On March 15, the Air Force may have to pull down key surveillance blimps lining the U.S. southern border if the federal budget crisis is not resolved, according to more than a dozen concerned members of Congress from border state districts who were recently briefed by the Pentagon.
In a letter sent on January 31 to the White House, the Pentagon, and the Department of Homeland Security, alarmed lawmakers said the two agencies needed to fully fund the Tethered Aerostat Radar System (TARS) program for fiscal 2014 and finish shifting control from DOD to DHS "without any disruption or degradation in its services."
Without the blimps, one month from now the U.S. could lose critical over-the-horizon radar capabilities on which federal counternarcotics officials rely to track low-flying aircraft.
"We are deeply concerned by the failure, to date, to ensure a seamless transfer of responsibility for the TARS program from DOD to DHS," the members wrote to Defense Secretary Leon Panetta, DHS Secretary Janet Napolitano, and White House Office of Management and Budget Deputy Director for Management Jeffrey Zients. (The full letter is posted below.)
"Although coordination meetings between DOD and DHS took place throughout 2012, little progress appears to have been made in effectuating the transfer."
The blimps are run by Air Force contractor ITT Exelis and used by counternarcotics officials in U.S. Customs and Border Protection. Last month, DOD issued contract requests for proposals to begin a four-phase process to deflate the program this year "with all aerostat operations to cease by March 15, 2013." All TARS sites and personnel are required to be closed up completely by the end of fiscal 2013, on September 30, according to a December 2011 decision by the deputy secretary of defense.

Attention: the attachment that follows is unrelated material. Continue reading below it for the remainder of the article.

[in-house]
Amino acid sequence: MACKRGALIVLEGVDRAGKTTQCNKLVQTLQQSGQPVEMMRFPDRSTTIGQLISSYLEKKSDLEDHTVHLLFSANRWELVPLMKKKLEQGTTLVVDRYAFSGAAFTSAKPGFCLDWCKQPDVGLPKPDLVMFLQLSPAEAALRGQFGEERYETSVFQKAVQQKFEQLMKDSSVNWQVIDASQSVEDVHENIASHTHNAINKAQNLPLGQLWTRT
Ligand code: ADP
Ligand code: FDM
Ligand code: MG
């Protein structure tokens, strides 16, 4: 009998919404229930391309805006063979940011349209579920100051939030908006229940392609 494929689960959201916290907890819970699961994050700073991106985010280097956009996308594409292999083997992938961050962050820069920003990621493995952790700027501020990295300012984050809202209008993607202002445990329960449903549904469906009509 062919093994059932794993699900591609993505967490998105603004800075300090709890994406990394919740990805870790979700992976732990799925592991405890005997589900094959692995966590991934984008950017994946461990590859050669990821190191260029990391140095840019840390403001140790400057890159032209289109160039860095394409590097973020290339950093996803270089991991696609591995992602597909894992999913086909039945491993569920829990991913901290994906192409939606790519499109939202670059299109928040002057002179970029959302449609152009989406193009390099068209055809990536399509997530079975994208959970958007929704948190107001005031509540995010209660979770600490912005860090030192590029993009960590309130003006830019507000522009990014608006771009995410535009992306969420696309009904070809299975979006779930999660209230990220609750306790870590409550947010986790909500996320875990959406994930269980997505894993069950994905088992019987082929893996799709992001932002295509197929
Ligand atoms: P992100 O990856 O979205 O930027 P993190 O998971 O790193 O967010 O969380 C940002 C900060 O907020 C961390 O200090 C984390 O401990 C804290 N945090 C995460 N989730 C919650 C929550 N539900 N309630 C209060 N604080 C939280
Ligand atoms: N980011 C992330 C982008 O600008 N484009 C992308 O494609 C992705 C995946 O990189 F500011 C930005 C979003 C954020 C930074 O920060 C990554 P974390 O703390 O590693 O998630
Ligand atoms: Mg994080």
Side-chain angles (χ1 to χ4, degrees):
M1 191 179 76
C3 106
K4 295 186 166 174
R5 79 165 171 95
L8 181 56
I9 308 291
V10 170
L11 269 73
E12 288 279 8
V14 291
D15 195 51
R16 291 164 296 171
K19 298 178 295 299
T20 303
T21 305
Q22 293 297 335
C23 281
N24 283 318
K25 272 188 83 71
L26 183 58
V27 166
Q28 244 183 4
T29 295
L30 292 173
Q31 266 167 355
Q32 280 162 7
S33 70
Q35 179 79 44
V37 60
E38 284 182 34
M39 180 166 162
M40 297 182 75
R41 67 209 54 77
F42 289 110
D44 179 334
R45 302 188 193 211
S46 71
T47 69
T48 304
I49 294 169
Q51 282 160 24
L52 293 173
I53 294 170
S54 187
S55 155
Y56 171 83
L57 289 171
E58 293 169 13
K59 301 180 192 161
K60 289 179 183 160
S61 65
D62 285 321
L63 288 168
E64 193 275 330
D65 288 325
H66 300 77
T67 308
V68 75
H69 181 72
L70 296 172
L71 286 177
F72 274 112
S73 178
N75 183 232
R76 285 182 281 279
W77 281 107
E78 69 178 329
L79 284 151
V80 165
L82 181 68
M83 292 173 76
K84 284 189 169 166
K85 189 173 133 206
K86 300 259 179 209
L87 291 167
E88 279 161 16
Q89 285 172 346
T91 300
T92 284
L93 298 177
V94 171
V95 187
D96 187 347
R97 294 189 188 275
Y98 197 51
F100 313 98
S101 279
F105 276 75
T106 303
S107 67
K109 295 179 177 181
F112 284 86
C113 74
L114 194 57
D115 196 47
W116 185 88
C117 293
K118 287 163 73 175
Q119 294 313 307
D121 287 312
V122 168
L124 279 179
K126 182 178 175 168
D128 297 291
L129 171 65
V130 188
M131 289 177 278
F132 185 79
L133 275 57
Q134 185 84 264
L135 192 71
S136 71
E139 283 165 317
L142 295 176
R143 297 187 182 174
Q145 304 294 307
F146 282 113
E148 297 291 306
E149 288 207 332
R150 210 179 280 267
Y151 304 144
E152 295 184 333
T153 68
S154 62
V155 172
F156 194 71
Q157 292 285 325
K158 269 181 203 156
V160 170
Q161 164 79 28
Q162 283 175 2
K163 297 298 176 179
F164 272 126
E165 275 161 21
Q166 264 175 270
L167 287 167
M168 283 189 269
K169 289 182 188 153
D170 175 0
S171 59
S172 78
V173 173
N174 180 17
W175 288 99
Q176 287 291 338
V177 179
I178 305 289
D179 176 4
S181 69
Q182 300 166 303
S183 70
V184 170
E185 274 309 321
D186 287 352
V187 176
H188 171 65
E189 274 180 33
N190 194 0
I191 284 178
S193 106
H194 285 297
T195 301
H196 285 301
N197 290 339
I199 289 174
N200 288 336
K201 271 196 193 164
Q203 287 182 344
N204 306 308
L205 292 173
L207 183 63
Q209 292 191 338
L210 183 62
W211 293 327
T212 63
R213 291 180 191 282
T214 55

"This decision was based largely on budgetary constraints due to the current fiscal environment," said Lt. Sarah D.A. Godfrey, spokeswoman for the Air Force’s Air Combat Command, which controls the blimps. "Discussions are ongoing to examine options to keep the program in operation."
There are eight TARS sites: two in Arizona, three in Texas, and one each in Florida and Puerto Rico. "Our concern," the lawmakers wrote, "is heightened by the fact that TARS is an important surveillance and command-and-control resource, particularly with respect to the detection, monitoring and interdiction of suspicious low-flying aircraft."
The Miami Herald lamented the loss of their local "Fat Albert" blimp that has hovered over the Florida Keys since the 1980s.
Members of Congress could find out soon if the Obama administration includes TARS funding in OMB's "pass back" budget guidance to DHS. For now, the agency would only say that they are continuing to work with DOD.
TARS "is funded by the Department of Defense through the end of fiscal year 2013. Discussions are continuing between the Department of Homeland Security and DoD about how best to address the impacts of funding requirements beyond FY 2013," said a DHS spokeswoman at Customs and Border Protection.
Kevin Baron reports on the people and policies driving the Pentagon and the national security establishment in The E-Ring.